But one of the types of submissions that we’ve had to reject repeatedly is when you get these ideas that are actually probably true, like they’re a little too close to reality to be funny. So for example, it seems like every other show someone submits a proposal that goes something like, “Cats are cute because they resemble babies and they’re preying on our desire for babylike characteristics.” Something like that is probably actually true because we select [cats] based on criteria we like, and we probably base some of that on the same stuff that makes us like babies. That’s a theory that’s out there; I don’t know how much the evolutionary biology community believes it, but it’s pretty plausible, and it’s just not that funny if you have a theory that’s too plausible. A good one should be pretty clearly wrong, so I don’t think we’ve had any that have been proven true.

Q: Do you see this as fun, or is there some greater point you’re hoping to make?

A: I would say it this way: As the guy running the show, my goal is entirely to entertain, and I’m just trying to make comedy for a certain sort of nerd. I’m not in favor of saying we have to have a reason to make this sort of humor. We do it because we enjoy it, but I have seen it used for educational purposes—I’ve been told a number of groups use it as an example when teaching logic—and I do find that gratifying. It’s just not my goal.

At the end of our last MIT [Massachusetts Institute of Technology] show, there was a really nice speech by the winner, Dr. James Propp, who’s a mathematician at [the University of Massachusetts in] Lowell. He said what’s nice about this show is that, unlike a lot of untrue things that get said these days, with this show, everyone knows it’s lying. So we’re not setting out to have an agenda, but it would be gratifying to me if I found out we had done some good things. The closest thing I have to an agenda is we really like getting together nerds from different disciplines to kind of hang out and talk and go drinking together. 

Q: Do you ever worry that people may misinterpret what’s going on? Flat Earth started off as a joke …

A: I would say that was more of a concern early on for a couple reasons: One, it was early and we didn’t know what the response was going to be, but two, we used to only do evolution jokes, and I think the majority of the country still doesn’t believe in evolution. So that was something we did worry about. But the thought at the time was something like, “We’re not gonna not tell jokes amongst each other just because some ignorant person might get confused.” We’ve kind of loosened up about that; I used to start each show with a little spiel about how we’re just having fun here tonight, but it just turned out as far as we can tell that that hasn’t happened.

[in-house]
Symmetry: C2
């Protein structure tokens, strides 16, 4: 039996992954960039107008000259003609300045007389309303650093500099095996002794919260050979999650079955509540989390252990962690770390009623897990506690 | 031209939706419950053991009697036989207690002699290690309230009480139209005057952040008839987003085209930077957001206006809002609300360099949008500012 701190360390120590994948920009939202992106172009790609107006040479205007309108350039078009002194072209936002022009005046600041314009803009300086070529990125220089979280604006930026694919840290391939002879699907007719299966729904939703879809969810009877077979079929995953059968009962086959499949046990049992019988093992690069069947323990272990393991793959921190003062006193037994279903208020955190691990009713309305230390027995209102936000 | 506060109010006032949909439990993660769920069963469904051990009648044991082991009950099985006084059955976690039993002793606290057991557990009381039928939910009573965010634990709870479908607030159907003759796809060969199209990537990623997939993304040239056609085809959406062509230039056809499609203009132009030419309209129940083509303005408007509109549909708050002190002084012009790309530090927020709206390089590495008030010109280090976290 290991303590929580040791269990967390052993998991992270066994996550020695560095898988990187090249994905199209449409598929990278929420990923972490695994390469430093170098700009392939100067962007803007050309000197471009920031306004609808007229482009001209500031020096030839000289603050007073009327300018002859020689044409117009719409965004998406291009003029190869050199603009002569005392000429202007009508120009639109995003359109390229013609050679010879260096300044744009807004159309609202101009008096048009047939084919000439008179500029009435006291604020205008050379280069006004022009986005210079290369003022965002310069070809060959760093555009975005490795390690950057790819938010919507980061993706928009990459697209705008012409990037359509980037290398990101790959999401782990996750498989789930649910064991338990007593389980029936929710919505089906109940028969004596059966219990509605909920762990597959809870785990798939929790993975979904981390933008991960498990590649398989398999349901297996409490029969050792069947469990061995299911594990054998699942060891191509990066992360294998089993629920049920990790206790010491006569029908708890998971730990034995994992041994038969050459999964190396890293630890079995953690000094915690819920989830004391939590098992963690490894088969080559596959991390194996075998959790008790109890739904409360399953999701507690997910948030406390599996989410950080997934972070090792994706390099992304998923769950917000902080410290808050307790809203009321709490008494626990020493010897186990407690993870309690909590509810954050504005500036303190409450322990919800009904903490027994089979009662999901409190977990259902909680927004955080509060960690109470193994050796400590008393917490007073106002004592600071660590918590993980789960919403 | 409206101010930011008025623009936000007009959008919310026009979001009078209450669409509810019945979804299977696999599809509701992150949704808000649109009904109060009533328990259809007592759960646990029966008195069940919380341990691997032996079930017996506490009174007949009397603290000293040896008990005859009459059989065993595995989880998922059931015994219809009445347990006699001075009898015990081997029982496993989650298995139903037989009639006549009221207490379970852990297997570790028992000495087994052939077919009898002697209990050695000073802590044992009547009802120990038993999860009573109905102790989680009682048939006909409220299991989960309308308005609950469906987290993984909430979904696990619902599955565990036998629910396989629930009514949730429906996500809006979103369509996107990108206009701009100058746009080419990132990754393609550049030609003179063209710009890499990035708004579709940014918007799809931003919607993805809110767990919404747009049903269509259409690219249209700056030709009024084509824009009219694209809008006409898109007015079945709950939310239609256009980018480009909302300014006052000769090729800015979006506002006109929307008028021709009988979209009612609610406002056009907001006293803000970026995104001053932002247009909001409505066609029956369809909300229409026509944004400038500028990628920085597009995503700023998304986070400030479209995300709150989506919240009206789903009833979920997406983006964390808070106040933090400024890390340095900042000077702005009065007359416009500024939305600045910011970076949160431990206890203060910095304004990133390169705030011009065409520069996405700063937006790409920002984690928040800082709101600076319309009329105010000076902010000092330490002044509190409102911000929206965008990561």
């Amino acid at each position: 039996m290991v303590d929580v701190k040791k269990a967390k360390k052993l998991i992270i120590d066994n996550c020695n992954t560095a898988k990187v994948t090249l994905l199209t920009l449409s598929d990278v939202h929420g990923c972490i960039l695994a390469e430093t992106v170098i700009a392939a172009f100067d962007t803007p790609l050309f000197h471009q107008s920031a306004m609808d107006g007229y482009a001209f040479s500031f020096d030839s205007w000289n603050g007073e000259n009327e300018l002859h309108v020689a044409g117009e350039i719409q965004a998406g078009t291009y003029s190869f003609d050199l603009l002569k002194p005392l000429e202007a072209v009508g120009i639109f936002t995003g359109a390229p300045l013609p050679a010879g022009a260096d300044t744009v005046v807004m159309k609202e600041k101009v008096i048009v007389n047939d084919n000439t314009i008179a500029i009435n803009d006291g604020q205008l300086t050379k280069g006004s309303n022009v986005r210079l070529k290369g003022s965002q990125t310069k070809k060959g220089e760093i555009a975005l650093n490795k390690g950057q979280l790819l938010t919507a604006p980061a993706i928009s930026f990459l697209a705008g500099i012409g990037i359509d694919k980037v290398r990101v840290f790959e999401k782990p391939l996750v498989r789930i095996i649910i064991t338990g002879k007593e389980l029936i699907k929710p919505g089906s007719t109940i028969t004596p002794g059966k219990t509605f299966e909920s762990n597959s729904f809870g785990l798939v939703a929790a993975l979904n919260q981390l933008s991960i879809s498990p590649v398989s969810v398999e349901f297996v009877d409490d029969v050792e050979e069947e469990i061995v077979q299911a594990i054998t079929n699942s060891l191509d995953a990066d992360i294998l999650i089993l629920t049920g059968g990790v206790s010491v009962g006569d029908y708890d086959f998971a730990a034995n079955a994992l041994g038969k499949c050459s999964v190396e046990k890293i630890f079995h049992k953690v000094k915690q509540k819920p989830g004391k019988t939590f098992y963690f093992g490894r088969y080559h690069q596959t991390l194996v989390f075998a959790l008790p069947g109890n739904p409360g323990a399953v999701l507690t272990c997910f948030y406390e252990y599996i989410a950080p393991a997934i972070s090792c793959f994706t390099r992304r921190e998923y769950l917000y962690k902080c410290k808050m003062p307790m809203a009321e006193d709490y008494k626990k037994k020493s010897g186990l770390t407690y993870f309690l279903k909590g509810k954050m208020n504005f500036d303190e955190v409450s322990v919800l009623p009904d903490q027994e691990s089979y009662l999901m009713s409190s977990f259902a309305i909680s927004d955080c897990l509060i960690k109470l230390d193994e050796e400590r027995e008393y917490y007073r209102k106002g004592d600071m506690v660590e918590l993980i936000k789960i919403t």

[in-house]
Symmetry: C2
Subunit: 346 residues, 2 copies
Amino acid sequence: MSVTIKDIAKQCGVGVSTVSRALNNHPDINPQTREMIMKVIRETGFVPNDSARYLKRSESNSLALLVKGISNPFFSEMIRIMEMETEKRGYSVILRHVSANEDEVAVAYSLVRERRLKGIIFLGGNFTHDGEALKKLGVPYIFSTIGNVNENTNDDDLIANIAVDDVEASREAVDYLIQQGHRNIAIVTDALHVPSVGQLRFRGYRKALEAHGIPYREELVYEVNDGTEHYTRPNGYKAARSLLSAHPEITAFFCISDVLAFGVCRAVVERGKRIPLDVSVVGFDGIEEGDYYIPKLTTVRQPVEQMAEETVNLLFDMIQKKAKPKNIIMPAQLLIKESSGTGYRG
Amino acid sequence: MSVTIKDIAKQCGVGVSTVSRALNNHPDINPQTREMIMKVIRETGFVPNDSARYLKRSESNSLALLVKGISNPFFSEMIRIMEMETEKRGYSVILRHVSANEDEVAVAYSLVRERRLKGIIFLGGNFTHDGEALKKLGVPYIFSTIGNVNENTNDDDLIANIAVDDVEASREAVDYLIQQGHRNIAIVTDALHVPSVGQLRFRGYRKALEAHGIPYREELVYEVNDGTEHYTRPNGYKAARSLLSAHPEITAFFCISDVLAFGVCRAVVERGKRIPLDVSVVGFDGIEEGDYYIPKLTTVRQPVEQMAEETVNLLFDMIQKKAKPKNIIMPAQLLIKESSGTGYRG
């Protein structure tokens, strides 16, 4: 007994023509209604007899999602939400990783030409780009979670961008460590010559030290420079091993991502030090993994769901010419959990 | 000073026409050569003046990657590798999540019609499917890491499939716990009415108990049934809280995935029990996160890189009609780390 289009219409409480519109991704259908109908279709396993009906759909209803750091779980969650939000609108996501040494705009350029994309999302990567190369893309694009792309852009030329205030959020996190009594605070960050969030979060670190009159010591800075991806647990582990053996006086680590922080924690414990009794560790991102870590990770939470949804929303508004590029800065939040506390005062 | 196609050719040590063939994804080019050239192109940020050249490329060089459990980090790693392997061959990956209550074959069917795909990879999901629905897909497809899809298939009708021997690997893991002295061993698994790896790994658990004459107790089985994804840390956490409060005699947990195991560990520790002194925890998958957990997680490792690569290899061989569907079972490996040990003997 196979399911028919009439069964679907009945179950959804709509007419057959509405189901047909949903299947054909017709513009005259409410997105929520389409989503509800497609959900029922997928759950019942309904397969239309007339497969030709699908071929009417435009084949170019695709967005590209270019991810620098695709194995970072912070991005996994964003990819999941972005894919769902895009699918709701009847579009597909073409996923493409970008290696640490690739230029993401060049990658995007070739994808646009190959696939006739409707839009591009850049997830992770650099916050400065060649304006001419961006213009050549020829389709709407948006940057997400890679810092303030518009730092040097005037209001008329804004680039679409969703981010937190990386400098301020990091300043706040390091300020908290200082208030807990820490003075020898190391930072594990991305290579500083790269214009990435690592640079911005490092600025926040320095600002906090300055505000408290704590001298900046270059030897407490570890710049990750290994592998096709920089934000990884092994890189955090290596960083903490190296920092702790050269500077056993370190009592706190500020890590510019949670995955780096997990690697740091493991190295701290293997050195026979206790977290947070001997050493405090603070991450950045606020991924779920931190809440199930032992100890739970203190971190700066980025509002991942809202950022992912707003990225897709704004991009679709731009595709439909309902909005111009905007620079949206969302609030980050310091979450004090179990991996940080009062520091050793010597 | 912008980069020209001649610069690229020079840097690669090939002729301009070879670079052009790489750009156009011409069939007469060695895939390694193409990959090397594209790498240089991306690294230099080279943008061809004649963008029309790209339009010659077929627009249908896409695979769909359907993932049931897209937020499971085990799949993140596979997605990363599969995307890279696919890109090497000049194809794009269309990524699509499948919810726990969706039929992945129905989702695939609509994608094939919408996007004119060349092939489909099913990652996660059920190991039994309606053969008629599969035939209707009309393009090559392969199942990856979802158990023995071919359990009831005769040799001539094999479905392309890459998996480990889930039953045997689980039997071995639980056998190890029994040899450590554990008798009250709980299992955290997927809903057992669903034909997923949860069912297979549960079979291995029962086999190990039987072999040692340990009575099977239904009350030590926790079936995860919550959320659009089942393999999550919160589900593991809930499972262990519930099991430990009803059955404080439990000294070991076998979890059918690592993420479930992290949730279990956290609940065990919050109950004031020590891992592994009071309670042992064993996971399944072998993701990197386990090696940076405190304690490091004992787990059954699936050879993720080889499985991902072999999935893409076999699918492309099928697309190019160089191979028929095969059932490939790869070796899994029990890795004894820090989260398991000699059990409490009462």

Then there have been a couple of creationist groups that have said, “Look! These evolution people know how stupid they are, and they’re making fun of themselves,” but I’d like to think a reasonably unbiased observer wouldn’t make that argument. Who would hold a conference to make fun of how they’re all in on this conspiracy? That doesn’t make any sense.

Q: What keeps you wanting to do more?

A: The nights just have a really nice vibe about them. It just seems to keep growing and people seem to love coming. So I kind of feel like we have to keep going because it’s just such a wonderful night with amazing people. A lot of nerd humor is relational, where it’s like, “Don’t you get this reference?” We’re actually trying to provide a comedy night for nerds that—at its best—is actual top-quality comedy. It’s not trying to do in-humor, it’s just jokes for people who are a little high on the dork scale.